How to plan for a remote consultation.
The Covid 19 pandemic has forced changes to the way we interact, not only with family and friends but also with our GP.
Many people have responded to the Government request to Save the NHS by staying away from their GP. But GP services have continued to operate throughout the pandemic and are still there, for you, when needed.
As a result of Public Health England guidance, most consultations are presently being conducted remotely by telephone or video. While this can seem strange, with good preparation it can be a positive and productive experience without the inconvenience of travel or parking.
If you want to talk about menopause, there are some things you might like to consider.
What to think about in advance
Like all things in life, preparation is key. Think about:
- Your environment
- What you want to say
- What you want to happen as a result of your consultation
The psychological symptoms associated with the menopause can make us anxious, lacking in confidence and prone to panic. Sleep disturbance and tiredness resulting from night sweats can impair our concentration. Think about the time of day when you feel at your best and if possible, book an appointment for this time.
Ask if the practice has a GP with an interest in menopause and if possible, book a double appointment. Make sure that the practice has your correct contact details. At the time of the appointment think practicalities. Go to the toilet beforehand, have a drink to hand, make sure you are comfortable, and ensure your mobile is charged and not on silent.
During your consultation you will be discussing personal and private matters so choose a location where you are unlikely to be overheard or disturbed. Forewarn any other household members that you need a quiet environment during the consultation. Delegate someone to walk the dog.
Most remote consultations will be conducted by telephone and occasionally by video. If it’s on video, you will have been given instructions how to access the video and which platform will be used.
If you are unsure about this, call the practice and ask for clarity. Better to be sure than to miss your appointment. In advance of your appointment check your camera and audio are enabled and that your backdrop is free of clutter. Even doctors can get distracted by family photos, children’s art etc
What you want to say
This is your chance to tell your story. Your GP appointment is likely to be for 10 minutes which may not seem long but used wisely a lot can be achieved in those precious minutes. The lack of oestrogen associated with the menopause can cause a complex mix of physical and psychological symptoms so it’s useful to focus on what’s important to you. It might help to download a Menopause Symptom Checker.
You will be given time to tell your story. Use your symptom checker as an aide memoir to retain your focus.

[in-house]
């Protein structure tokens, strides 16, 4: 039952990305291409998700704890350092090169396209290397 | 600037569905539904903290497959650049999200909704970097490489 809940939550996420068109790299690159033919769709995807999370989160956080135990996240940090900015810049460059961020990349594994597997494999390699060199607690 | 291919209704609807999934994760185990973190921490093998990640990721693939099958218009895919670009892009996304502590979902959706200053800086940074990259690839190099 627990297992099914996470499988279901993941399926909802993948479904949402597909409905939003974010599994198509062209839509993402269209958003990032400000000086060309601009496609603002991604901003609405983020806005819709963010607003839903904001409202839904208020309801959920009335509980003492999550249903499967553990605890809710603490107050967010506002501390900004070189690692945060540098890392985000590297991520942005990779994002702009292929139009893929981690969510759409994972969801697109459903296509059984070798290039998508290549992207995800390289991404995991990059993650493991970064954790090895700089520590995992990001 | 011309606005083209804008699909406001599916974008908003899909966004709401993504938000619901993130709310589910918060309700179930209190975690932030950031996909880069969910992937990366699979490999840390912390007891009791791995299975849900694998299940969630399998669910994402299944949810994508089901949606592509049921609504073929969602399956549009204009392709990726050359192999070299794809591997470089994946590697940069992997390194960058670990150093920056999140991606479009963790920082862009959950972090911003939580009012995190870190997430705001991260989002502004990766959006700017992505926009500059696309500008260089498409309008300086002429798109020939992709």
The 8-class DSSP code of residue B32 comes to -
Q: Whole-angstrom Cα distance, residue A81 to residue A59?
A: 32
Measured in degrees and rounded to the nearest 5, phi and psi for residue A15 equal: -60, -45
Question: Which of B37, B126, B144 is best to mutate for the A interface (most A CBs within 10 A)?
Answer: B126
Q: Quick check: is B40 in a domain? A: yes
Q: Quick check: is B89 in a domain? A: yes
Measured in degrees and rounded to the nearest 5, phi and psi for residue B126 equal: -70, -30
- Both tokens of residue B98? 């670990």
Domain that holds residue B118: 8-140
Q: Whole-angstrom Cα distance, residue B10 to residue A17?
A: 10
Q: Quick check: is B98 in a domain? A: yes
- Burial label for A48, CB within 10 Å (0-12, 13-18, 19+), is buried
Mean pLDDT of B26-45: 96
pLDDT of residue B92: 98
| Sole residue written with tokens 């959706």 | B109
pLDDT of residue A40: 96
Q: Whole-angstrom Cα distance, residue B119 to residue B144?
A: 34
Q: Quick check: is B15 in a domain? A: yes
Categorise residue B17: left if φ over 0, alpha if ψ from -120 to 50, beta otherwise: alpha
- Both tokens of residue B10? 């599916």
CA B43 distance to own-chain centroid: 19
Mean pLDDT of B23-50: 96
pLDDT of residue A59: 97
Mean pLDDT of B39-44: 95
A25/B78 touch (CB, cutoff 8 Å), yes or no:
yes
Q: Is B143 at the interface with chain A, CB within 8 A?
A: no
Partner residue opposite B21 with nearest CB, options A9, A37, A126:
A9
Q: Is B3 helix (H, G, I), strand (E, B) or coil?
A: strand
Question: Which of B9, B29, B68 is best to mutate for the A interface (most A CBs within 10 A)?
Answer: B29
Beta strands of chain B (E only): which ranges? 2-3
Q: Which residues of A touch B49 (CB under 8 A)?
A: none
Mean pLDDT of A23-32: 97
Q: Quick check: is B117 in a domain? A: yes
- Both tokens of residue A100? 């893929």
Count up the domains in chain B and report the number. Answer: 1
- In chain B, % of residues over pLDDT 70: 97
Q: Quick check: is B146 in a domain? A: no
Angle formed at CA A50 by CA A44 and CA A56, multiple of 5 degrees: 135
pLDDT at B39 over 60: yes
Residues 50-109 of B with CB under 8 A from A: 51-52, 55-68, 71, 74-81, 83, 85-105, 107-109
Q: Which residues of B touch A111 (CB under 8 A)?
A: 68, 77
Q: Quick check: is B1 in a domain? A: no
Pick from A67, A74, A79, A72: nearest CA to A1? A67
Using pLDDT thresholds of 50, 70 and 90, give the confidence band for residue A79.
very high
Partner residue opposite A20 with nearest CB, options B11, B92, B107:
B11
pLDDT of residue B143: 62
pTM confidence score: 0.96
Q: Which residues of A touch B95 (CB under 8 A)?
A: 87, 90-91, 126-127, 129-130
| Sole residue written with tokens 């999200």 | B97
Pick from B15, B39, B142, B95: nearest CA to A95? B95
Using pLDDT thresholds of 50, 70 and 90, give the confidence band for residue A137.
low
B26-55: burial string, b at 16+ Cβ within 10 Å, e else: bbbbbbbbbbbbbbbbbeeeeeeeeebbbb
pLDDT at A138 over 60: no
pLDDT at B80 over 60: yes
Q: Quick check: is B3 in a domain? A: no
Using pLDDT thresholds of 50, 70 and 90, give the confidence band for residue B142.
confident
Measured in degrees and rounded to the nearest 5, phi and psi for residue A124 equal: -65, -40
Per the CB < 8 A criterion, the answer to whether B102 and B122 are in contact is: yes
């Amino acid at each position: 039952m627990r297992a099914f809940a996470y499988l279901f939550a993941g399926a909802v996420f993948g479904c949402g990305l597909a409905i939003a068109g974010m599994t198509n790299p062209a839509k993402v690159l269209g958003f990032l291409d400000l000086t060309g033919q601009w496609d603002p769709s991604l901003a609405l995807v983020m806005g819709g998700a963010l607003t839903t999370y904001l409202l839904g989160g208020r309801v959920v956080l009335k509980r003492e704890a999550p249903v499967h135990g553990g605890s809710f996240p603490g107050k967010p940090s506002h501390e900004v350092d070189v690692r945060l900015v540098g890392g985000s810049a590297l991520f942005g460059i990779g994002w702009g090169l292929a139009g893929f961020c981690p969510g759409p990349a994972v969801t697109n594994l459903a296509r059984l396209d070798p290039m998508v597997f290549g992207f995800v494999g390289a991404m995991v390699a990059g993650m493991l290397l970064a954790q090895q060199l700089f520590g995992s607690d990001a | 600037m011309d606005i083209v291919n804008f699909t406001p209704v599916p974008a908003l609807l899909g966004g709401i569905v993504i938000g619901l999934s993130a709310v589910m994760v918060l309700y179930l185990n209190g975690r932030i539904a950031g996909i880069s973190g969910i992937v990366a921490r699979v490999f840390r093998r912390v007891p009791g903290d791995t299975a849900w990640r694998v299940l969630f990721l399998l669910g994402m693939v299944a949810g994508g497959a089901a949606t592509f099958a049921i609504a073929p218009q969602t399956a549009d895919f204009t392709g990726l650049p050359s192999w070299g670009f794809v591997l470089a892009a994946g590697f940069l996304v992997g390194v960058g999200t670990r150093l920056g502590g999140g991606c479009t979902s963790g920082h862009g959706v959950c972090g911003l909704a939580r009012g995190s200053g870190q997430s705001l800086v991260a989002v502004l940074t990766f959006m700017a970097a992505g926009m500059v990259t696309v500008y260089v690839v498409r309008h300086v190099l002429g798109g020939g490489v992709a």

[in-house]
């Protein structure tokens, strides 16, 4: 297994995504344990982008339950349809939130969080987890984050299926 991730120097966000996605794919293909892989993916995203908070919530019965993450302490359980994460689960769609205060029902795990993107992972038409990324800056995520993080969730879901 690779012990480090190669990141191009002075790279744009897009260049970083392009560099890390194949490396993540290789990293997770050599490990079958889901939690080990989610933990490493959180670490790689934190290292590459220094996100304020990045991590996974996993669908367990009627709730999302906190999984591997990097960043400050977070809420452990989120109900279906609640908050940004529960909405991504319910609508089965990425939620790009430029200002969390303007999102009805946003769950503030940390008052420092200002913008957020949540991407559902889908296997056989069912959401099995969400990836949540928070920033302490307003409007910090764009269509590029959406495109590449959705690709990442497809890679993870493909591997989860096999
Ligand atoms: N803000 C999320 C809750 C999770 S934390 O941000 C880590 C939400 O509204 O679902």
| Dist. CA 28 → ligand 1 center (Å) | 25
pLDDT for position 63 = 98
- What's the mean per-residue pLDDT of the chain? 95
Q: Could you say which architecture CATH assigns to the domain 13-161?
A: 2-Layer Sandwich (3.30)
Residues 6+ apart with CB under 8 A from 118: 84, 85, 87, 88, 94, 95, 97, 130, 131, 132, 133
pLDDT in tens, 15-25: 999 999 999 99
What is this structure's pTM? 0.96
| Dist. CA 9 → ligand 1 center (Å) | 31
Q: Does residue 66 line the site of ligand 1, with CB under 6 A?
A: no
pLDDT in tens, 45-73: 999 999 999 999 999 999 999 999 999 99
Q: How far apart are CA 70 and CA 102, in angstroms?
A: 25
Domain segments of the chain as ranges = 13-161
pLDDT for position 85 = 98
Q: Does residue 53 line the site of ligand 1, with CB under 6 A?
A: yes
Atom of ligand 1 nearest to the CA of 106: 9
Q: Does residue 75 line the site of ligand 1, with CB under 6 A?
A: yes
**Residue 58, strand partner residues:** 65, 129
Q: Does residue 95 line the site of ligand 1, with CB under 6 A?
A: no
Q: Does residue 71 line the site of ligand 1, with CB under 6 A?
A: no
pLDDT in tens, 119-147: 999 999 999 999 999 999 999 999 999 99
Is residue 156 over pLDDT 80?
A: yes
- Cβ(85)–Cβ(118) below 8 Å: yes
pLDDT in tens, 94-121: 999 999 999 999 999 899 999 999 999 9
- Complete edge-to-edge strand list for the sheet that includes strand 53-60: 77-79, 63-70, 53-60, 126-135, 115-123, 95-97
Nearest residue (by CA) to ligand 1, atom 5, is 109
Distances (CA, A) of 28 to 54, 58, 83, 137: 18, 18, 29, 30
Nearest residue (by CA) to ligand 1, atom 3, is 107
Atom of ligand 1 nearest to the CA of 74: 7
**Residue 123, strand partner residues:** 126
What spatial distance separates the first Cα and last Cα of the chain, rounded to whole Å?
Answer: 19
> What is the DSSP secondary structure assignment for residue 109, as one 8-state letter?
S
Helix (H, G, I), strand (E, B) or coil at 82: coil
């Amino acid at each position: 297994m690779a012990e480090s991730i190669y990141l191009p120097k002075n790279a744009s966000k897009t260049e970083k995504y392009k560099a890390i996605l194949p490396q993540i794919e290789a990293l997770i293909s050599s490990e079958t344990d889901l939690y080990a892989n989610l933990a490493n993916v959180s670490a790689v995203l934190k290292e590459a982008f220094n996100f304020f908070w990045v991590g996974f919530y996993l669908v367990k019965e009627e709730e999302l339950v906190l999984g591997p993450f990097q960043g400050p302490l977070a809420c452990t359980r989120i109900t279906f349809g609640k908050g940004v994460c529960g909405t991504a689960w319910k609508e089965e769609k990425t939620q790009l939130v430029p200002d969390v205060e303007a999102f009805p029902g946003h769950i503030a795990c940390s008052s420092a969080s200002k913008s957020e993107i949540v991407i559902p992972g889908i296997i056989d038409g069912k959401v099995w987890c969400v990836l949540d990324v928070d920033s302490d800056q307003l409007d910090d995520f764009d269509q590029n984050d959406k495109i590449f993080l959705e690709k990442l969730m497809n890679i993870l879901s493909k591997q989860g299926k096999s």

Be prepared to answer questions such as:
- When was your last menstrual period?
- If your last period was more than 12 months ago, have you had any vaginal bleeding since then?
- Have you had any bleeding between periods or after intercourse?
- Do you have any abnormal vaginal discharge?
- Which symptoms are you most concerned about?
- Do you feel that your symptoms are related to the menopause?
- What interventions have you already tried?
- Are you taking any regular medications either prescribed or over the counter?
- Have you had any serious illnesses or operations in the past?
- Do any serious illnesses, particularly breast cancer, run in your family?
- Will you require contraception?
- Do you have any vaginal dryness or pain with intercourse?
- When was your last cervical smear?
- When was your last mammogram?
- Do you smoke?
- How many units of alcohol do you drink per week?
- What is your height and weight?
- Do you have a recent record of your blood pressure?
- Are you hoping to be prescribed HRT?
- What do you already know about HRT?
- What do you understand about the benefits/risks of HRT?
- Are there any benefits/risks that you would like to discuss further?
While this can look daunting, advance preparation will allow these questions to be dealt with quickly, leaving more time to talk about treatment options.
What you want to happen as a result of your consultation
This is key to a successful consultation. “What do you hope to achieve as a result of today’s consultation?” is a question that I ask all my patients. Your GP will be pleased to hear you clearly express what you would like to happen, we are here to help. You may want to:
- Be signposted to a reliable, evidence-based source of information to facilitate further reading
- Discuss lifestyle changes to help you cope with your symptoms
- Explore non hormonal ways to manage your symptoms
- Have HRT prescribed. HRT is recommended by NICE for the relief of menopausal symptoms. It also has long-term health benefits particularly if started within 10 years of the menopause or below the age of 60
At the end of your consultation your GP will summarise what has been discussed, explain any treatment that has been prescribed and advise you what to do if you experience side effects. A follow-up plan will be agreed and the consultation will end.
“Don’t wait” were the wise words of a lovely patient when I asked her what one piece of advice she would give to menopausal women. So, if you are troubled by symptoms that are negatively impacting your quality of life, your relationships or your ability to cope at work, don’t delay seeking help.